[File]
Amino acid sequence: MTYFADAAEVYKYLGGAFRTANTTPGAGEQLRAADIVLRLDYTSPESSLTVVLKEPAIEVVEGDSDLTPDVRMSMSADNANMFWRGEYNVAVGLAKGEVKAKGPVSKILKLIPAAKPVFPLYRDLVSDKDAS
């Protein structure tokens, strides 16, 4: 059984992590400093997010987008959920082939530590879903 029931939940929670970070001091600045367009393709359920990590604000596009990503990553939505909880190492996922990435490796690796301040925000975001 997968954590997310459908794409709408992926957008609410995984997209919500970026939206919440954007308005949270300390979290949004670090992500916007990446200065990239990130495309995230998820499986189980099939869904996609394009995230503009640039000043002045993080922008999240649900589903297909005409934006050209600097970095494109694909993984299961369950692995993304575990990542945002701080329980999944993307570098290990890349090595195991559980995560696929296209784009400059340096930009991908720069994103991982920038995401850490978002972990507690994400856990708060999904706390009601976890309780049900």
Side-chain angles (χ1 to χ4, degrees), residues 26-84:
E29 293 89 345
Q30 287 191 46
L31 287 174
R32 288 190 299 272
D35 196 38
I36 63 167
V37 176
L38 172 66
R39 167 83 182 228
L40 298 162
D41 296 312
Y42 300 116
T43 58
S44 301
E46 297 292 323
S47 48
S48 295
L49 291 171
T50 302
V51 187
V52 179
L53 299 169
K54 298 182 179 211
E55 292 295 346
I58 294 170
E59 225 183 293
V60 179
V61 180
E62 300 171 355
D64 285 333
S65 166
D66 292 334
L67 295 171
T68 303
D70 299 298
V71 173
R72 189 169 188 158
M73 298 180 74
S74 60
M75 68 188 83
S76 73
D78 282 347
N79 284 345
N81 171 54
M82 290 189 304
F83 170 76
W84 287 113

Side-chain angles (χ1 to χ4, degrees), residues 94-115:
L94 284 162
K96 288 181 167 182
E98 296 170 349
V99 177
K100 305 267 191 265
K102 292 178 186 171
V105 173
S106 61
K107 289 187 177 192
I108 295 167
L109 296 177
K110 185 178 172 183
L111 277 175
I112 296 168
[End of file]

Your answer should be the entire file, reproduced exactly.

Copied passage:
Amino acid sequence: MTYFADAAEVYKYLGGAFRTANTTPGAGEQLRAADIVLRLDYTSPESSLTVVLKEPAIEVVEGDSDLTPDVRMSMSADNANMFWRGEYNVAVGLAKGEVKAKGPVSKILKLIPAAKPVFPLYRDLVSDKDAS
């Protein structure tokens, strides 16, 4: 059984992590400093997010987008959920082939530590879903 029931939940929670970070001091600045367009393709359920990590604000596009990503990553939505909880190492996922990435490796690796301040925000975001 997968954590997310459908794409709408992926957008609410995984997209919500970026939206919440954007308005949270300390979290949004670090992500916007990446200065990239990130495309995230998820499986189980099939869904996609394009995230503009640039000043002045993080922008999240649900589903297909005409934006050209600097970095494109694909993984299961369950692995993304575990990542945002701080329980999944993307570098290990890349090595195991559980995560696929296209784009400059340096930009991908720069994103991982920038995401850490978002972990507690994400856990708060999904706390009601976890309780049900």
Side-chain angles (χ1 to χ4, degrees), residues 26-84:
E29 293 89 345
Q30 287 191 46
L31 287 174
R32 288 190 299 272
D35 196 38
I36 63 167
V37 176
L38 172 66
R39 167 83 182 228
L40 298 162
D41 296 312
Y42 300 116
T43 58
S44 301
E46 297 292 323
S47 48
S48 295
L49 291 171
T50 302
V51 187
V52 179
L53 299 169
K54 298 182 179 211
E55 292 295 346
I58 294 170
E59 225 183 293
V60 179
V61 180
E62 300 171 355
D64 285 333
S65 166
D66 292 334
L67 295 171
T68 303
D70 299 298
V71 173
R72 189 169 188 158
M73 298 180 74
S74 60
M75 68 188 83
S76 73
D78 282 347
N79 284 345
N81 171 54
M82 290 189 304
F83 170 76
W84 287 113

Side-chain angles (χ1 to χ4, degrees), residues 94-115:
L94 284 162
K96 288 181 167 182
E98 296 170 349
V99 177
K100 305 267 191 265
K102 292 178 186 171
V105 173
S106 61
K107 289 187 177 192
I108 295 167
L109 296 177
K110 185 178 172 183
L111 277 175
I112 296 168